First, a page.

This Day In Sports: An ‘oh by the way’ becomes a steamroller

February 9, 2010: As a sidebar during a press conference introducing his new chief operating officer, Pac-10 commissioner Larry Scott mentions the conference will be exploring expansion over the next year. And boom—it was a top story, with speculation running wild.The most plausible scenario immediately painted was Utah and Colorado moving to the Pac-10, creating a chaotic trickle-down effect that would influence the future of the Mountain West and the WAC. The year that followed featured a seismic shift that included Boise State.

By June of that year, the changes began in earnest. Colorado was the first team to jump, switching to the Pac-10 on June 10. Nebraska followed suit, going to the Big Ten the following day. With Utah leaning toward the Pac-12, it was time for the Mountain West to make a move. Four days after putting an invitation to Boise State on hold due to the rapidly changing college sports landscape, Mountain West presidents voted unanimously to make Boise State their 10th member, effective July 1, 2011. (The MW had been holding out hope it could land Colorado first.)

From my Scott Slant column of June 11, 2010:

I went to the Crosby Stills & Nash concert last night in Eagle. I had never seen them in concert. But, as a 17-year-old rookie disc jockey, I played their first album on the radio when it was new in the summer of 1969. I got to thinking about the Boise of then and the Boise of now, not knowing what would happen about 15 hours later. At that time—and it really doesn’t seem that ancient to me—Boise State dreamed of the Big Sky Conference. It Boise State College and wasn’t even a member of the NCAA yet. The biggest games on the 1969 football schedule were Idaho State and Weber State. Then came the Big Sky in 1970, Division II in 1973, Division I-AA in 1978, the Big West and Division I-A in 1996, and the WAC in 2001.

And today, here’s the Mountain West bringing this school in, with commissioner Craig Thompson explaining why his conference didn’t want to wait any longer: “It was to make sure we got Boise State University in the fold, and to make sure we added the value that Boise State brings—and then continue from there.” Thompson touted Boise State as giving his league four perennial Top 25 teams. Suite Judy Blue Turf.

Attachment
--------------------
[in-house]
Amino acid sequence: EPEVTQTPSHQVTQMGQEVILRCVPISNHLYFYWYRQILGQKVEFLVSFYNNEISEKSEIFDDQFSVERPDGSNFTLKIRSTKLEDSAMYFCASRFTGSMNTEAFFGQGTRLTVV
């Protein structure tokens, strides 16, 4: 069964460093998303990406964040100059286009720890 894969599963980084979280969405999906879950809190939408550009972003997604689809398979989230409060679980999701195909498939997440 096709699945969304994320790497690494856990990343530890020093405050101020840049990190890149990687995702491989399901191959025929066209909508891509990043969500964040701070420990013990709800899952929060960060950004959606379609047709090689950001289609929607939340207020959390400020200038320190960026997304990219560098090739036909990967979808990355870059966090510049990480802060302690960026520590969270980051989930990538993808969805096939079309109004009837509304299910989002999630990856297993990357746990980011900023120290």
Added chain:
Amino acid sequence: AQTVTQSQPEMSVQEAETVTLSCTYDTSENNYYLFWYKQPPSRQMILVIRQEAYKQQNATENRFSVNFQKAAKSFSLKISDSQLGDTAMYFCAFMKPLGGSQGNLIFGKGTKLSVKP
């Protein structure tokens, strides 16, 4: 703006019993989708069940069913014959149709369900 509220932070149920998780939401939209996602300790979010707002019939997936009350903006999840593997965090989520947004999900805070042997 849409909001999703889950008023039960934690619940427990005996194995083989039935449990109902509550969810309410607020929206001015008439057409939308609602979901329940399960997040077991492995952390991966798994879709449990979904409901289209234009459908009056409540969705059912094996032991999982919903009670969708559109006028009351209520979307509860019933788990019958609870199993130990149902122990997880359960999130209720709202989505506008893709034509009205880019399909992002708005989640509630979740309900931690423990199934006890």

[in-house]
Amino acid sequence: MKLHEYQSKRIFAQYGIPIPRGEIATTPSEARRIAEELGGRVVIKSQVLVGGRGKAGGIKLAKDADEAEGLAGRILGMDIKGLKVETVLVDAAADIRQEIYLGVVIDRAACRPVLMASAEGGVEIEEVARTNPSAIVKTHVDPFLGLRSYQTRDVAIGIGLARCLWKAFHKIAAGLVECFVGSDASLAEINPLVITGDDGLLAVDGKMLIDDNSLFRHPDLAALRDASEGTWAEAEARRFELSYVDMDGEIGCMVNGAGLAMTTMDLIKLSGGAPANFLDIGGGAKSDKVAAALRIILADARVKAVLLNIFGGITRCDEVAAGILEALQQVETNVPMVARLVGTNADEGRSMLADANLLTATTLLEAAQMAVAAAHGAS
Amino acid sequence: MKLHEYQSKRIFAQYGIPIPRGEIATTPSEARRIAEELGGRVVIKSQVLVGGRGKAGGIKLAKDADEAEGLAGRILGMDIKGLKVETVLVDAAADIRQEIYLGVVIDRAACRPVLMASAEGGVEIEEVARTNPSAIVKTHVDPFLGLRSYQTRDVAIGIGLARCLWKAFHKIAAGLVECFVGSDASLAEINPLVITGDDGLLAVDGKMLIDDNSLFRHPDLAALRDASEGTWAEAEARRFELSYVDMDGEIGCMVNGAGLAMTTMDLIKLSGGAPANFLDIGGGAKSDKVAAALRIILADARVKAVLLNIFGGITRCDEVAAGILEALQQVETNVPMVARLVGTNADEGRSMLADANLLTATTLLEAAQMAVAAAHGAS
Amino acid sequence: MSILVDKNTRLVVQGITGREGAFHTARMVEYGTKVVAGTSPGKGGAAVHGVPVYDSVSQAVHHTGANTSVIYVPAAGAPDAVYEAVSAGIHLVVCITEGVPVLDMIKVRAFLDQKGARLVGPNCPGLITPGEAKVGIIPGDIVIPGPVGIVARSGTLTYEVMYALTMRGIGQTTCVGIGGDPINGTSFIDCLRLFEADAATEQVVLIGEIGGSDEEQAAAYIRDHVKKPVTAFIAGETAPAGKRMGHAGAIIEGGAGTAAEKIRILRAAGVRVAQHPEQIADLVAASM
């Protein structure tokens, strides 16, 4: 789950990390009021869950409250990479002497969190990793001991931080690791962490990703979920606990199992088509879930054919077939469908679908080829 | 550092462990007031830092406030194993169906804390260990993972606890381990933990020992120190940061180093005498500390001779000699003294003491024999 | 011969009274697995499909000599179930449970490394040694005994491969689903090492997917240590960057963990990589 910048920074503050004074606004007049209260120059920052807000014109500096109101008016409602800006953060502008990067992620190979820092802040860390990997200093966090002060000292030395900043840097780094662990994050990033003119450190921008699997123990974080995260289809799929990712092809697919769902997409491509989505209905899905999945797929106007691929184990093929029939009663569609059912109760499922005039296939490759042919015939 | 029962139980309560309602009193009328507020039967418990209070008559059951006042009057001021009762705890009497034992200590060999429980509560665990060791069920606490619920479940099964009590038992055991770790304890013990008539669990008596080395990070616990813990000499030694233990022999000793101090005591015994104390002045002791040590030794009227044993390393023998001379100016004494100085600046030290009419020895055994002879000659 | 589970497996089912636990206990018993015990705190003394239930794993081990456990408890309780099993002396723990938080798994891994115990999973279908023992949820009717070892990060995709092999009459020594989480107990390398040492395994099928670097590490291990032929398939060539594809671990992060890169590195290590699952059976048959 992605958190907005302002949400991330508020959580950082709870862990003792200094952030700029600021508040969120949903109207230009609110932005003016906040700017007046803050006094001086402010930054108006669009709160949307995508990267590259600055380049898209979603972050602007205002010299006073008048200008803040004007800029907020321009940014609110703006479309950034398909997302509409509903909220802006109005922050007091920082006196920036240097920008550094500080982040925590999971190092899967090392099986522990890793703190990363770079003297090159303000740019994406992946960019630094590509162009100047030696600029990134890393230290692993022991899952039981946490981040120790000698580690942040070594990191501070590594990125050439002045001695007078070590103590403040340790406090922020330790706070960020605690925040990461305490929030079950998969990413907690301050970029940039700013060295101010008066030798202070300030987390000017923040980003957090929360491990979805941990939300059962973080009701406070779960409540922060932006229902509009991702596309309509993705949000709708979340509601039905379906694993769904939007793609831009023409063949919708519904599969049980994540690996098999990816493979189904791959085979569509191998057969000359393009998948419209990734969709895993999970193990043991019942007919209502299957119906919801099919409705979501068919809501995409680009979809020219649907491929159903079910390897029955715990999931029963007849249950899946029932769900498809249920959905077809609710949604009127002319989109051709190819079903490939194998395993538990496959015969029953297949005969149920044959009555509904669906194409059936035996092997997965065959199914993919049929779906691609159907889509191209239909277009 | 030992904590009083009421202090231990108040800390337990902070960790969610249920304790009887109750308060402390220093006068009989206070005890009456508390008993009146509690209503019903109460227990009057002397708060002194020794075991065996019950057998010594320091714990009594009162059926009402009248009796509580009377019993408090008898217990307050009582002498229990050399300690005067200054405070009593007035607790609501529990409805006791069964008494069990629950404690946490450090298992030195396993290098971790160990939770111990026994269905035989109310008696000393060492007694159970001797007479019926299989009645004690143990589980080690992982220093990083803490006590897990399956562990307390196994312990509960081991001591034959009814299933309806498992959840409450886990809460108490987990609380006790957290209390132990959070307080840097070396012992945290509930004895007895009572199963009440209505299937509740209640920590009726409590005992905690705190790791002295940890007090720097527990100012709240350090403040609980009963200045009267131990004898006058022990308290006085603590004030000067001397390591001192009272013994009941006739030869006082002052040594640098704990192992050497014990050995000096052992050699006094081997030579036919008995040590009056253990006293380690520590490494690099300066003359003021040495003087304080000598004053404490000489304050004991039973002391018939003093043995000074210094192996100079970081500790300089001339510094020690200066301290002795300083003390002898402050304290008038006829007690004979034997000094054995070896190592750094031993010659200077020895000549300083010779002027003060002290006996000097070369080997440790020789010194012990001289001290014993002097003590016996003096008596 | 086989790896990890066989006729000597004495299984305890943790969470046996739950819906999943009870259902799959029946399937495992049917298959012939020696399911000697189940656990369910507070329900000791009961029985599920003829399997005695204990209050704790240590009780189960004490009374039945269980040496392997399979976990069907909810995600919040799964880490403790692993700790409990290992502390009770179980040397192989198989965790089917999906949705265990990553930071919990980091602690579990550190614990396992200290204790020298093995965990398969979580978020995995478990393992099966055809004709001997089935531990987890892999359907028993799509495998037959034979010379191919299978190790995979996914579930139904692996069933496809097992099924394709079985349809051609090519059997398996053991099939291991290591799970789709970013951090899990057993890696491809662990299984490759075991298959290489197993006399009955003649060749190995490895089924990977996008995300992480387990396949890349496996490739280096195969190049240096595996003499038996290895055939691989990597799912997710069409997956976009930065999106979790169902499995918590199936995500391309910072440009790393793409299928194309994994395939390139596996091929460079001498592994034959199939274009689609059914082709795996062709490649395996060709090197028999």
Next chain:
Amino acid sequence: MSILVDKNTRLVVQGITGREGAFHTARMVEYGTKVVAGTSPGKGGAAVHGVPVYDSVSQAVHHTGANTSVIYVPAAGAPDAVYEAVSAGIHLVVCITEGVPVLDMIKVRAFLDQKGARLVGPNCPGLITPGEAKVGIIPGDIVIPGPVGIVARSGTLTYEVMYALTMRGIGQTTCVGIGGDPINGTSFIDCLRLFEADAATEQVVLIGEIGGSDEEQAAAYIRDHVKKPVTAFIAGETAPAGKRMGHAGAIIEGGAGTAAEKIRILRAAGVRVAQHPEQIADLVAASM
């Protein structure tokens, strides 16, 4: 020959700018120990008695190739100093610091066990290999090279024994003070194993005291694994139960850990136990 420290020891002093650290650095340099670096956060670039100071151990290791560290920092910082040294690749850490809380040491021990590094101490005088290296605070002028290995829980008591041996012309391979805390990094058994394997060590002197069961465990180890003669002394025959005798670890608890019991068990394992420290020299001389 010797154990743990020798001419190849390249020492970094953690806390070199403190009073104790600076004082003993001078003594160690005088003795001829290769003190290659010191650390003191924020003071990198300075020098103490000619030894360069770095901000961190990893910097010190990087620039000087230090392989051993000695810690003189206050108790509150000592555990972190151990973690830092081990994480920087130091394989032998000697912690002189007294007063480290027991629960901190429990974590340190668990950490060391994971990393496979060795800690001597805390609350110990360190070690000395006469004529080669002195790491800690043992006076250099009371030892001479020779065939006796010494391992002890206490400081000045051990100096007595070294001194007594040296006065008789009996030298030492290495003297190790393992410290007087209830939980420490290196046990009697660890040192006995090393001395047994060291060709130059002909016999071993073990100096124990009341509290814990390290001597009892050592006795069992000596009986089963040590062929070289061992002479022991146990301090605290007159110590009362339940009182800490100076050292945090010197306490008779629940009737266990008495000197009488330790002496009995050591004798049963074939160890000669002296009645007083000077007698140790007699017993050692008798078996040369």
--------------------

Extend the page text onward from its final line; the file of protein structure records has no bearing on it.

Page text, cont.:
Note: three of those “perennial Top 25 teams,” Utah, BYU and TCU, were about to leave. A year and a half later, Boise State tried to as well, announcing a move to the Big East along with San Diego State. At the same time, the Broncos announced their non-football sports would return to the Western Athletic Conference. Of course, none of that ever happened. The following year, on New Year’s Eve, Boise State finalized a deal to remain in the Mountain West. During 2012, the Big East had lost Rutgers to the Big Ten, Louisville to the ACC, and seven non-football Catholic universities to a new conference they planned to form.

The league, which would be renamed the American Athletic Conference when the Catholic schools retained the Big East name, was struggling to negotiate a new TV contract that at one time was predicted to be lucrative. The Big East (soon to be AAC) also saw its automatic-qualifying spot in major bowls disappear with the implementation of the CFP system in 2014. Boise State, meanwhile, was able to separate their home games in Mountain West TV negotiations. There’s more chaos today, but the Broncos aren’t part of it. Yet.

(Tom Scott hosts the Scott Slant segment during the football season on KTVB’s Sunday Sports Extra. He also anchors four sports segments each weekday on 95.3 FM KTIK and one on News/Talk KBOI. His Scott Slant column runs every Wednesday.)

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